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Tuesday
Mar292016

Boombox or Bust?

In this video I take a look at a truly awful portable stereo that could date back to the 1980s, but is more likely from the early 1990s. This appears to be part of a shipment bound for foreign shores which somehow got diverted to the UK and then lay forgotton about in a warehouse for 25 years.  

If you want to buy one of these (for anything other than listening to) - here's a link to a seller on ebay in the UK. 

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Reader Comments (12)

Utterly awful! ;)

Btw, wattage back on speaker elements does not say anything about their power output... it's only there to tell you how many CLEAN watts they can take for INPUT before going away to oblivion...;) Which is this case is about when you set the volume on '11' on this setup! 8-) 20 Watts they say for the amp huh?, I would guess about 2 CLEAN watts if not even worse.

The funny switch you showed inside is for swicthing the tape amp beetween rec and play mode, they use the same amp for this, not like your 3-head Pioneer which have separate amps for REC and PLAY. This kind of connector is always prone to bad connection, wear, dirt, noise and other kind of mishaps in the long run!

March 29, 2016 | Unregistered CommenterMatte

I used to have reps trying to sell me stuff like this all the time. My customers were a little bit more discerning and din't want basically "Crap" for want of a better word.
Sony did produce some hight end stereo radio cassettes that are pretty well put together but had a limited market.
Nice to see the past though. Thanks again Matt.

March 29, 2016 | Unregistered CommenterJeremy Travis

Those flashing LED's look really cool, reminding me from Knight Rider KITT's dashboard LEDs and voice modulator :)
I have here a late 80's, could be even from 1986, a Sanyo Model no. M W 708F portable radio with two cassette players, one of them has record feature. No flashing LEDs though but it has CD/Line In connectors. Pretty noisy power supply when connecting the power cord to wall socket.
Another one I have is 1992 Sharp QT-CD7 portable radio with cassette and cd-player. CD-player doesn't work very well anymore, it's skipping and stuttering while trying to play the cd. The thing which moves the laser head is noisy when it returns from the end of the cd to home position but cassette player still works ok. No flashing LEDs in this one either though.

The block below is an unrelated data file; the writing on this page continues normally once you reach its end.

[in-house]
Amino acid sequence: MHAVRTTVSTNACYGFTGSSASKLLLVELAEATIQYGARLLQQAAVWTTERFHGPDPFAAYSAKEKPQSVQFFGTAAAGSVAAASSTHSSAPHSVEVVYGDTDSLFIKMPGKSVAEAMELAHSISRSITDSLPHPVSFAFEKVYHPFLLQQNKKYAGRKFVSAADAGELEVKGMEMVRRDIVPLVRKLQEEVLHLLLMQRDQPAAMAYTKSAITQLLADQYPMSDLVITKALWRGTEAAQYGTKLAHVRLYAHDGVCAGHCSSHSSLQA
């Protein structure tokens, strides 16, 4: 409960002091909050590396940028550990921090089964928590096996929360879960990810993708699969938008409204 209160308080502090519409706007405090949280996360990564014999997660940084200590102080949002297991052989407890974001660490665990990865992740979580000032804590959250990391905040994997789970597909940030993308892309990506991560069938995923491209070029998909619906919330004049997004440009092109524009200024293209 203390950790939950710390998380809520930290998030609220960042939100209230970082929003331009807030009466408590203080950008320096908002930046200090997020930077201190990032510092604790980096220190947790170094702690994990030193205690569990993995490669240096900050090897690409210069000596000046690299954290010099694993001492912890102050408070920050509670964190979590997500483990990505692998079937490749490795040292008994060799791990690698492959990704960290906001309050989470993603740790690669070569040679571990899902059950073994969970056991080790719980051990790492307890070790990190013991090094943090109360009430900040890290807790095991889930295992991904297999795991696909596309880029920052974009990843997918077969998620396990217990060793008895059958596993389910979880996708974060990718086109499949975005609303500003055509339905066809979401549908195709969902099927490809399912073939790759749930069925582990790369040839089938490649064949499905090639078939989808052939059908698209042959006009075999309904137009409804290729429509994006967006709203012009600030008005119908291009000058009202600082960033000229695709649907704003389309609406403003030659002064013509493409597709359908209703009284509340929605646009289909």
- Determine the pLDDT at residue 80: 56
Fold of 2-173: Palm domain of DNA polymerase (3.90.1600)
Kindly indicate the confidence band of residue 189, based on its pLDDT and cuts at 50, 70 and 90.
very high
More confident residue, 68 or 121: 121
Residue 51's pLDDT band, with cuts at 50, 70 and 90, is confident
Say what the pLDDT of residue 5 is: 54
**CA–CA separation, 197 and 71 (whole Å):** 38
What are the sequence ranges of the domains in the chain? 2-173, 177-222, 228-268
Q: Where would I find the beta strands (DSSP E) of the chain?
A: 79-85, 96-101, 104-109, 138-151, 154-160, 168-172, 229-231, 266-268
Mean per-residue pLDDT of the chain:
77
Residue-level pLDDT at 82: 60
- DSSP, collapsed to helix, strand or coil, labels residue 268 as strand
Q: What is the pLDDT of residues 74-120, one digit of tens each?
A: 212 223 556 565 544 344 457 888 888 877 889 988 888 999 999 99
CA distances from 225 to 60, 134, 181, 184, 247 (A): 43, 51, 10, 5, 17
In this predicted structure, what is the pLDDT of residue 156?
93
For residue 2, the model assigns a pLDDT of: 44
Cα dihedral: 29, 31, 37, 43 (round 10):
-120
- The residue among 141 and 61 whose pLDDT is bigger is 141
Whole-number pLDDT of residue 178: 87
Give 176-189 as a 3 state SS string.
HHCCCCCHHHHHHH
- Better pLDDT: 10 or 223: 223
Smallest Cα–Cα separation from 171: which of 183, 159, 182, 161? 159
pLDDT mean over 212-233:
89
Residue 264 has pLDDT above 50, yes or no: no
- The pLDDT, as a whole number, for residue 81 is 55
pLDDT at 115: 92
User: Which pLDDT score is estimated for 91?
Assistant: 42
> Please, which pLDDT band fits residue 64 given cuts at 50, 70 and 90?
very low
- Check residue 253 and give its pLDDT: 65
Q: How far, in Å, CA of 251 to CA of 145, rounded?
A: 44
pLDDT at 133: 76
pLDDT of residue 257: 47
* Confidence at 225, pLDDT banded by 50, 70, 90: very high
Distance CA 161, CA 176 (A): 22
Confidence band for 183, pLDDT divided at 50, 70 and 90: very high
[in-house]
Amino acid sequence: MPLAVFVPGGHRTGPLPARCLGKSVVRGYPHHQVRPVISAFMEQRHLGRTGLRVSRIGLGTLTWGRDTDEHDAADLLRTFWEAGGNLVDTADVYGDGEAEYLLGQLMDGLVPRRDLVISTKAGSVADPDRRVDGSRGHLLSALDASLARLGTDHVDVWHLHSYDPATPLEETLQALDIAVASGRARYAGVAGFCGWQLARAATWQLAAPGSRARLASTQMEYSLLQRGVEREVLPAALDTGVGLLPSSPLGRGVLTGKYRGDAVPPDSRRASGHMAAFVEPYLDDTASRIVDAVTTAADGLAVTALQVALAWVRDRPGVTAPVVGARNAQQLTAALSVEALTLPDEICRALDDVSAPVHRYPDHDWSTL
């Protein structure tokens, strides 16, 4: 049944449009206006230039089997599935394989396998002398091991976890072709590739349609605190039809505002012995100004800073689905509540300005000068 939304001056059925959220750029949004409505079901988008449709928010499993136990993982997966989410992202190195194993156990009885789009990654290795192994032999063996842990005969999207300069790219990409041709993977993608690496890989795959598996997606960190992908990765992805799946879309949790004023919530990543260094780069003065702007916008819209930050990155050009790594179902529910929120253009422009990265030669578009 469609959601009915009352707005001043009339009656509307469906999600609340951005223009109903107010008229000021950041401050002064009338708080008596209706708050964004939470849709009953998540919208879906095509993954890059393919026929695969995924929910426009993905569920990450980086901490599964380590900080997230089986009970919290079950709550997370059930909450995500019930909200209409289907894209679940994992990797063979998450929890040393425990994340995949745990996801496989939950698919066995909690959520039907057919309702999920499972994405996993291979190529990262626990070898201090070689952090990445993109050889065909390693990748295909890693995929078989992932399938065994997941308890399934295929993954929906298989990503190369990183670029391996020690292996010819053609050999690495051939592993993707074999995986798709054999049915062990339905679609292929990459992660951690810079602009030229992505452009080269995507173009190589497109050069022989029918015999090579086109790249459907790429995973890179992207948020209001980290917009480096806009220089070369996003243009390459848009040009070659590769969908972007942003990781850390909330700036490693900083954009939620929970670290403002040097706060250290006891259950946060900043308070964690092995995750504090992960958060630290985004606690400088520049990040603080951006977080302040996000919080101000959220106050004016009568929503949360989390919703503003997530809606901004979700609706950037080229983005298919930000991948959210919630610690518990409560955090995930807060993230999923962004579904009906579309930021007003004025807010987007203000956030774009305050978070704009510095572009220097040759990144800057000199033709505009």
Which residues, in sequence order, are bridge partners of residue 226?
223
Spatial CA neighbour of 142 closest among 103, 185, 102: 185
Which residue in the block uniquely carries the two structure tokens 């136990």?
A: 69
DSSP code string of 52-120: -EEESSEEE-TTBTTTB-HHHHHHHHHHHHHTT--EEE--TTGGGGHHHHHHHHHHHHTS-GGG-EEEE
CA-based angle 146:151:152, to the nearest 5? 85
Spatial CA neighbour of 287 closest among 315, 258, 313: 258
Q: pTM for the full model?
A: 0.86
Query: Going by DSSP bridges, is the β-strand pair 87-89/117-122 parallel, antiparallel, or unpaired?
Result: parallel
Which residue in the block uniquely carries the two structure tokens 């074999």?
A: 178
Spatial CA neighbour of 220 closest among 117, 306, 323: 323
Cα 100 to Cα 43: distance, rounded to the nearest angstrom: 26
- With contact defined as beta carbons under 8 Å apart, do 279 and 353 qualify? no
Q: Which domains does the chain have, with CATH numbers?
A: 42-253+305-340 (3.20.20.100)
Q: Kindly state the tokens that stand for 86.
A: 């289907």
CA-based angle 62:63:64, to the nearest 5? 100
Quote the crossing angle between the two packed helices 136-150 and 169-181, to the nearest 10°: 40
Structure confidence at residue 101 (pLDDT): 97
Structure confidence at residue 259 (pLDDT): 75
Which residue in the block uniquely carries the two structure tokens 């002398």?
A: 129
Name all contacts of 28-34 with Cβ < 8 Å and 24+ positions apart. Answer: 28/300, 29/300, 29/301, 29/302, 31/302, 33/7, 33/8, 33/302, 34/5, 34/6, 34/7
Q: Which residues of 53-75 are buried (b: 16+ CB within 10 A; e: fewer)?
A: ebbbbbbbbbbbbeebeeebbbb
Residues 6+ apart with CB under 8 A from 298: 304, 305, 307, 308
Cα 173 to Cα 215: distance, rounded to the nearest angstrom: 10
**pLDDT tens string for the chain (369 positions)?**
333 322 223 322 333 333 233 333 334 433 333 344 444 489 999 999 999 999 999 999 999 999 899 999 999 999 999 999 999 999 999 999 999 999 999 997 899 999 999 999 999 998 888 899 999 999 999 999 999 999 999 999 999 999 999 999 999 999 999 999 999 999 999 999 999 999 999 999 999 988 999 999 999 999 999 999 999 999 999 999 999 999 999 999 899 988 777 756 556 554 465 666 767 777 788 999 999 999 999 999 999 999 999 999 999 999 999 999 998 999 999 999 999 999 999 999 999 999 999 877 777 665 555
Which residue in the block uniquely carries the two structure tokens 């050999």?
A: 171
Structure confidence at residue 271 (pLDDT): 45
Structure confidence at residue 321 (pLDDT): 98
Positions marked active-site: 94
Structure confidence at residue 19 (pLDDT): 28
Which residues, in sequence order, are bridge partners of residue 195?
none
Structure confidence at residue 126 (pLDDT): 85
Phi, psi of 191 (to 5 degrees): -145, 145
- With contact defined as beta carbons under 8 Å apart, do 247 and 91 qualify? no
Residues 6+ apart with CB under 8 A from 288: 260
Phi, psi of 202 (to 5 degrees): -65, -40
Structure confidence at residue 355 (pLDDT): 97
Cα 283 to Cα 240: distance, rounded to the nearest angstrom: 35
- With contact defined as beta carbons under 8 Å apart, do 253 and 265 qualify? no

March 30, 2016 | Unregistered CommenterFinn guy

How much does that beast weigh when you fill it with D cell batteries?

March 30, 2016 | Unregistered CommenterChris

Excellent review of a classic stereo system bought by people who couldn't afford anything better (like me ;-D). I still have one similar to this: a Sanyo stereo that sounds as well as you can expect from a boombox (I don't remember the model though it's hidden at the bottom of a closet). The quality of the materials is similar in all: you got what you'd paid. And, of course, it was a high D cell battery consumer. Sometimes, when I want to remember those teenager days, I switch it...

March 30, 2016 | Unregistered CommenterJaume Martí

Good review as always. But I do not know why I remembered the good old hammer of justice...;)

March 30, 2016 | Unregistered Commenterchorondus

Just a heads up that this type of device would've got nowhere near a Dixons store.

They sold unbranded items with their own trademarks, e.g. Matsui, Saisho, but they were all reasonably decent enough in terms of build quality (maybe not in terms of technology), and most would last a few years.

In fact my mum had the Saisho twin cassette stereo shown at 1:10 in the top left. I wouldn't be surprised if it was still used now.

The "International" junk that you review would've been sold at non-chain stores, most likely those variety stores in town centres. The seller who claims they were destined for Dixons is either misled or telling an outright lie. Certainly something to avoid with a bargepole.

April 3, 2016 | Unregistered CommenterDuncan Hill

Funny video!

I am one of those who had a horrible, unbranded, portable tape radio, used the cheapest tapes I could buy, and recorded music from the radio. When I got a Sony Megabass CD player as a present, I couldn't beleive the audio quality that thing produced...

BTW I remember a boombox a friend of mine had. It was from the US, and I remember that the thing couldn't output full volume when plugged in to a home plug (110V). It did worked when powered from the thousand batteries the thing housed. It had only a tape deck, but it was big and beautiful.

April 3, 2016 | Unregistered CommenterCalvinH

In the late 70's maybe 1980 I was working at Lafayette Radio in Livonia MI USA and in came Stevie Wonder and his entourage (two rather large fellows) He was interested in a "Boom Box" portable stereo etc. He purchased one in the $400 price range ( I think we topped out in the low 700's) (I don't recall the brand (Possibly an AIWA) but what struck me is that when he paid with his American Express card he signed the signature portion with a Thumbprint which I guess makes all the sense in the world.. Pretty sure he bought batteries too.

April 4, 2016 | Unregistered CommenterMark

I find it hard to believe this is actually from 1990. 1986 does sound more likely to me. For one, the styling is VERY 80s. By the 90s, these kinds of machines were trying to look more sophisticated on the outside. Second, there's a phono input- not an "Aux" or CD input. By 1990, a manufacturer attempting to polish a turd like this would tout its "DIGITAL-READY" capabilities, not feature an old fashioned phono jack.

One plus, however, is that each of the equalizer sliders are independent... Usually they'd tie two sliders together in order to appear to have more EQ bands. TACKY! :)

April 6, 2016 | Unregistered CommenterMatt Buckmaster

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